JCPOA: One Year Later

It has been a year since Iran, the United States, the United Kingdom, France, Germany, Russia, China, and the European Union signed the Joint Comprehensive Plan of Action (JCPOA). It’s time to take stock of how well the JCPOA has been meeting expectations in key countries and key sectors.

Since July 2015, the parties to the agreement have met tight deadlines and strict counting rules, but there has been as much criticism as praise in the agreement’s implementation. For Iran, anticipated windfalls have not materialized and the promise of economic recovery has been slow to materialize. For the United States and its allies, Tehran’s destabilizing actions like missile tests, not covered by this agreement, continue to present a challenge. And the increasing instability and insecurity in the Middle East pushes the two adversaries together while pulling them apart at the same time.

The essays assembled here by U.S. and foreign experts cover the agreement one year later from all the main angles, from assessing how well sanctions provisions have worked to Tehran’s ability to reintegrate into the world economy to International Atomic Energy Agency monitoring to views from specific countries involved directly or indirectly in the process.

  • Dr. Avner Cohen (@avnercohen123), professor, author of several books on Israel’s nuclear weapons program, and senior fellow at the Middlebury Institute of International Studies at Monterey, walks us through the Israeli perceptions of the deal;
  • Simond de Galbert (@simonddegalbert), visiting fellow in the Europe, Eurasia and the Arctic program at CSIS and former diplomat in the French Ministry of Foreign Affairs, provides his analysis of sanctions from the European Union’s perspective;
  • Dina Esfandiary (@DEsfandiary), MacArthur fellow in the Department of War Studies, Kings College London and former researcher in the Non-Proliferation and Disarmament Programme at the International Institute for Strategic Studies (IISS), writes with co-author Ariane Tabatabai on the regional repercussions of the JCPOA;
  • Amir Handjani (@ahandjani), a board member of the Atlantic Council and fellow with the Truman National Security Project, gives us a perspective from the Iranian business community;
  • Anton Khlopkov, director of the Center for Energy and Security Studies (CENESS) in Moscow and member of Advisory Board of the Russian Security Council, provides a Russian view;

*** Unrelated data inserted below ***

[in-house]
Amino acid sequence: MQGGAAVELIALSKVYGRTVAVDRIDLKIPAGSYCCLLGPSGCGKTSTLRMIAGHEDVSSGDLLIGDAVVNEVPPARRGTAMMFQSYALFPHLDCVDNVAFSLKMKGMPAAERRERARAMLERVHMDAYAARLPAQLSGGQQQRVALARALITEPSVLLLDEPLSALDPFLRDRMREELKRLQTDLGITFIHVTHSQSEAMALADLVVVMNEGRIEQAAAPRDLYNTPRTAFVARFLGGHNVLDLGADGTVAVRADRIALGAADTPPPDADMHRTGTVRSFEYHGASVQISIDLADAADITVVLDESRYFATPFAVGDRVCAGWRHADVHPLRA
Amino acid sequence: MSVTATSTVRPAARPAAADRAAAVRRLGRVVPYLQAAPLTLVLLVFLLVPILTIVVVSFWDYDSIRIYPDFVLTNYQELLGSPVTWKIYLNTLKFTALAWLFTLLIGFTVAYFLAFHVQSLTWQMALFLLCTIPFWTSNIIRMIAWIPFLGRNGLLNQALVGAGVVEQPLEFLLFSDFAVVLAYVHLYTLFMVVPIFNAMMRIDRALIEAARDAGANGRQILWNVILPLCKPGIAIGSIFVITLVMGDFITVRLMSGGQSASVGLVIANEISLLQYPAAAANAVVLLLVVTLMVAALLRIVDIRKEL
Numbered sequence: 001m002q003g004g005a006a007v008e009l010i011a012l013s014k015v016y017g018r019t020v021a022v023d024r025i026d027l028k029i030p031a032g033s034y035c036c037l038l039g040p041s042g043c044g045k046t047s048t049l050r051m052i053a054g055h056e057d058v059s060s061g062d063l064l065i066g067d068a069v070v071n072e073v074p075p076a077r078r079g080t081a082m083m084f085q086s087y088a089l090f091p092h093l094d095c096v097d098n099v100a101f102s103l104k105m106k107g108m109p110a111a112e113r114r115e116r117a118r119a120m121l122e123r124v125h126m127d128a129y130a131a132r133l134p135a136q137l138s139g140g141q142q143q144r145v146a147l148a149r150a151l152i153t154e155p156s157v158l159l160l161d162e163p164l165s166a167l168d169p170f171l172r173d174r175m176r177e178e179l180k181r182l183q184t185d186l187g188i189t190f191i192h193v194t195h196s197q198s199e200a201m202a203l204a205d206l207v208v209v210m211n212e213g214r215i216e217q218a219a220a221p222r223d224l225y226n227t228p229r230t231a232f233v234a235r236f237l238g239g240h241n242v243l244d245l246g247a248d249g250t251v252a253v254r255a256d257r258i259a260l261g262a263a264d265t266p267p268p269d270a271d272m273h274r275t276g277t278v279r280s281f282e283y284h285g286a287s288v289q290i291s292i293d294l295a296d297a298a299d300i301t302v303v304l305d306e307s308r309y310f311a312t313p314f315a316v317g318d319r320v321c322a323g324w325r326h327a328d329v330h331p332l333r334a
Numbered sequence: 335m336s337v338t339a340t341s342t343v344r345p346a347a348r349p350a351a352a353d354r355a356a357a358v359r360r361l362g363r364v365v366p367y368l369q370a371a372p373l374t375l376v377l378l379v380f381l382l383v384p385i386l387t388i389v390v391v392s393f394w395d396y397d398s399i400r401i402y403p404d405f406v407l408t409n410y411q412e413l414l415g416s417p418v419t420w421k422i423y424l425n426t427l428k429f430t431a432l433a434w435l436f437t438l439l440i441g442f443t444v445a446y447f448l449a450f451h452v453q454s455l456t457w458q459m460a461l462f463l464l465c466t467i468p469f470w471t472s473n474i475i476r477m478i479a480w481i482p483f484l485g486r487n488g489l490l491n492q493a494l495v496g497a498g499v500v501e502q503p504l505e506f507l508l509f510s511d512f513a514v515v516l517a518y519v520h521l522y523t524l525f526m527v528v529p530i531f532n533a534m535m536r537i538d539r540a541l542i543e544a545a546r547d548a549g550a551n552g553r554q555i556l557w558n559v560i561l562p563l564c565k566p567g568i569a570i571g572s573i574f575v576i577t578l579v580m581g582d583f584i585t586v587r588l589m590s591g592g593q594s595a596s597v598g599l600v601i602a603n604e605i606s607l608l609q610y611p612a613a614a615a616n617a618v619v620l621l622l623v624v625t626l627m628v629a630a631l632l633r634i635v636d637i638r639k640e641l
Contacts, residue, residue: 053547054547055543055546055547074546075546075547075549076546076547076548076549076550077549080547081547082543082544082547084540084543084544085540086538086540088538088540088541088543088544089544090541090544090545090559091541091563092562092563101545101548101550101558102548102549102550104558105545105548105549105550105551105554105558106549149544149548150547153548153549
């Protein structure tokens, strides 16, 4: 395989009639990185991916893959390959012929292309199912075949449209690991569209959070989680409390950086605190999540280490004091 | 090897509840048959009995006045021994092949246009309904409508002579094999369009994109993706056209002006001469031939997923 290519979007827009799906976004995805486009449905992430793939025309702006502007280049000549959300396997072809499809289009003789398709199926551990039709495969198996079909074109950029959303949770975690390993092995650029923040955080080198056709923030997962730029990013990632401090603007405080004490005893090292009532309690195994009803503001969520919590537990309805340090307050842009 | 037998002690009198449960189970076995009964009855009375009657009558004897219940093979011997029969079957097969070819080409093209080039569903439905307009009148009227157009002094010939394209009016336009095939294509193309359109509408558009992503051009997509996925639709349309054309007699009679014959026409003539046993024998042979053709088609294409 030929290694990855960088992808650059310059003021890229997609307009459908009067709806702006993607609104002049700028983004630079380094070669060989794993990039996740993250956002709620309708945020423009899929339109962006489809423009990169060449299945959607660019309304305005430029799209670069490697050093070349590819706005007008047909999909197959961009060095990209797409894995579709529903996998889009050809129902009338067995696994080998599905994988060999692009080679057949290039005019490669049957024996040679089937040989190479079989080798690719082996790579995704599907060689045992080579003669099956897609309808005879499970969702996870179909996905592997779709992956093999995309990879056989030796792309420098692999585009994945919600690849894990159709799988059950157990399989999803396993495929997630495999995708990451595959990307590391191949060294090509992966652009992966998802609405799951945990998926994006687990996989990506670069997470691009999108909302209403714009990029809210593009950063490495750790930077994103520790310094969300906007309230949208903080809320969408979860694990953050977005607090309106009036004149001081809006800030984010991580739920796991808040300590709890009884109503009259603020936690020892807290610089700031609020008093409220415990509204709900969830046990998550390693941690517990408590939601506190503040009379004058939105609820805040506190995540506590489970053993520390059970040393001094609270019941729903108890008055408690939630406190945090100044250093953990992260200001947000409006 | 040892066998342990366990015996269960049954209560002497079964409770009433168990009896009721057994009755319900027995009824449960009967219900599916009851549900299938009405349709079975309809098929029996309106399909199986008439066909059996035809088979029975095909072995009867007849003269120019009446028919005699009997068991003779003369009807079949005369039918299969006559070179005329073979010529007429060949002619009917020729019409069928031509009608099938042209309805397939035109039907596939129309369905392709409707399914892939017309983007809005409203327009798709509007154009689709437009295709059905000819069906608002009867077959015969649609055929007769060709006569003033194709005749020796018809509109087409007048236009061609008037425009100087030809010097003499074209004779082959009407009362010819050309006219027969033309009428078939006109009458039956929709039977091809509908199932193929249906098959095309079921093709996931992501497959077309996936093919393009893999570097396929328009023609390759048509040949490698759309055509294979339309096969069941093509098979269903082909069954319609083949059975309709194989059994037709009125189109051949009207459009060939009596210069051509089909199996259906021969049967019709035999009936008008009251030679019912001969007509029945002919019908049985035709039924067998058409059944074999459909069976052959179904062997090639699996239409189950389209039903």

• Dr. Edward Levine, former professional staff on the Senate Foreign Relations Committee with a focus on arms control and nonproliferation, gives an insider’s take on the views from Congress;
  • Richard Nephew (@RNephewCGRP), senior research scholar at Columbia University's Center on Global Energy Policy and former Iran director at the National Security Council and deputy coordinator for sanctions policy at the U.S. State Department, writes on the impact of sanctions so far;
  • Laura Rockwood (@laura_rockwood), director of the Vienna Center for Disarmament and Non-Proliferation and a longtime legal expert at the International Atomic Energy Agency as section head for Non-Proliferation and Policy Making in the Office of Legal Affairs, provides an analysis of issues related to IAEA monitoring of the agreement;
  • Sharon Squassoni, senior fellow and director of the Proliferation Prevention Program at CSIS and formerly at the Nonproliferation Bureau and the Political-Military Bureau at the Department of State and in the Arms Control and Disarmament Agency, writes on the view from the United States; and
  • Dr. Ariane M. Tabatabai (@ArianeTabatabai), senior associate in the Proliferation Prevention Program at CSIS and visiting assistant professor of security studies at Georgetown University, offers a view from Iran.

We hope this 360-degree review from well-known experts helps clarify some of the issues at stake moving forward. Follow us on Twitter ( @CSIS_PPP) and Facebook (Proliferation Prevention Program at CSIS) for news and analysis on the JCPOA implementation process moving ahead.

View all JCPOA essays here.

International Security Program